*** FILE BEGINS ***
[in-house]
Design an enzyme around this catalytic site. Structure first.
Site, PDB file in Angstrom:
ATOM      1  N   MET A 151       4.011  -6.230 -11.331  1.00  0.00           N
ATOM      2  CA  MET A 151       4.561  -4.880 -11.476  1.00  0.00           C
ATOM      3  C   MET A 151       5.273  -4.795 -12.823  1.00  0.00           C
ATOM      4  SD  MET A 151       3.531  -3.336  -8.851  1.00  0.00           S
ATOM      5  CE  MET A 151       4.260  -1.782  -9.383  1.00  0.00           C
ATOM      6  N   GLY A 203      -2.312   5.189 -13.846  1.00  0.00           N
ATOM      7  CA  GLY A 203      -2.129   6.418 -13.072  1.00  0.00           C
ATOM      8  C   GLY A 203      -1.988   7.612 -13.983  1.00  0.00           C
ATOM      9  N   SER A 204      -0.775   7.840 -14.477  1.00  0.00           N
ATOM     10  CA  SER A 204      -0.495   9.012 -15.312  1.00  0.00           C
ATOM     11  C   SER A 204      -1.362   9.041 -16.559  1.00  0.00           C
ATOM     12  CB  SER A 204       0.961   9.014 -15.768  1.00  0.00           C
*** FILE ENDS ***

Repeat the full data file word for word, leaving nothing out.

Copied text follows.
[in-house]
Design an enzyme around this catalytic site. Structure first.
Site, PDB file in Angstrom:
ATOM      1  N   MET A 151       4.011  -6.230 -11.331  1.00  0.00           N
ATOM      2  CA  MET A 151       4.561  -4.880 -11.476  1.00  0.00           C
ATOM      3  C   MET A 151       5.273  -4.795 -12.823  1.00  0.00           C
ATOM      4  SD  MET A 151       3.531  -3.336  -8.851  1.00  0.00           S
ATOM      5  CE  MET A 151       4.260  -1.782  -9.383  1.00  0.00           C
ATOM      6  N   GLY A 203      -2.312   5.189 -13.846  1.00  0.00           N
ATOM      7  CA  GLY A 203      -2.129   6.418 -13.072  1.00  0.00           C
ATOM      8  C   GLY A 203      -1.988   7.612 -13.983  1.00  0.00           C
ATOM      9  N   SER A 204      -0.775   7.840 -14.477  1.00  0.00           N
ATOM     10  CA  SER A 204      -0.495   9.012 -15.312  1.00  0.00           C
ATOM     11  C   SER A 204      -1.362   9.041 -16.559  1.00  0.00           C
ATOM     12  CB  SER A 204       0.961   9.014 -15.768  1.00  0.00           C